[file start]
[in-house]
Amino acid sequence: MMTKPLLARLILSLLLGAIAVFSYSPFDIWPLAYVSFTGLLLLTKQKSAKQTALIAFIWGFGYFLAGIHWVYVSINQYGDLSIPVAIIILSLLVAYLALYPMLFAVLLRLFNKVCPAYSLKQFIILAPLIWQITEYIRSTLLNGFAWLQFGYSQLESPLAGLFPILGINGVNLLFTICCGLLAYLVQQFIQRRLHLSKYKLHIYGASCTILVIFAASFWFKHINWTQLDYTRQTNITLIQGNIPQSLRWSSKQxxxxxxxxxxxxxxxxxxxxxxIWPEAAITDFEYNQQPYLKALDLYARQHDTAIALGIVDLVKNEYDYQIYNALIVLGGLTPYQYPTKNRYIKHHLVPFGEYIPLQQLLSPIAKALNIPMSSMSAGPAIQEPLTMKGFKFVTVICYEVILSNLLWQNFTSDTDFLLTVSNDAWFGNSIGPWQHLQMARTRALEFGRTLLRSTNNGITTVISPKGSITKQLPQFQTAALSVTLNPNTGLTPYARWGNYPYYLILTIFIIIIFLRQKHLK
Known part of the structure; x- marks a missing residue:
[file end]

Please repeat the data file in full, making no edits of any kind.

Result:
[in-house]
Amino acid sequence: MMTKPLLARLILSLLLGAIAVFSYSPFDIWPLAYVSFTGLLLLTKQKSAKQTALIAFIWGFGYFLAGIHWVYVSINQYGDLSIPVAIIILSLLVAYLALYPMLFAVLLRLFNKVCPAYSLKQFIILAPLIWQITEYIRSTLLNGFAWLQFGYSQLESPLAGLFPILGINGVNLLFTICCGLLAYLVQQFIQRRLHLSKYKLHIYGASCTILVIFAASFWFKHINWTQLDYTRQTNITLIQGNIPQSLRWSSKQxxxxxxxxxxxxxxxxxxxxxxIWPEAAITDFEYNQQPYLKALDLYARQHDTAIALGIVDLVKNEYDYQIYNALIVLGGLTPYQYPTKNRYIKHHLVPFGEYIPLQQLLSPIAKALNIPMSSMSAGPAIQEPLTMKGFKFVTVICYEVILSNLLWQNFTSDTDFLLTVSNDAWFGNSIGPWQHLQMARTRALEFGRTLLRSTNNGITTVISPKGSITKQLPQFQTAALSVTLNPNTGLTPYARWGNYPYYLILTIFIIIIFLRQKHLK
Known part of the structure; x- marks a missing residue: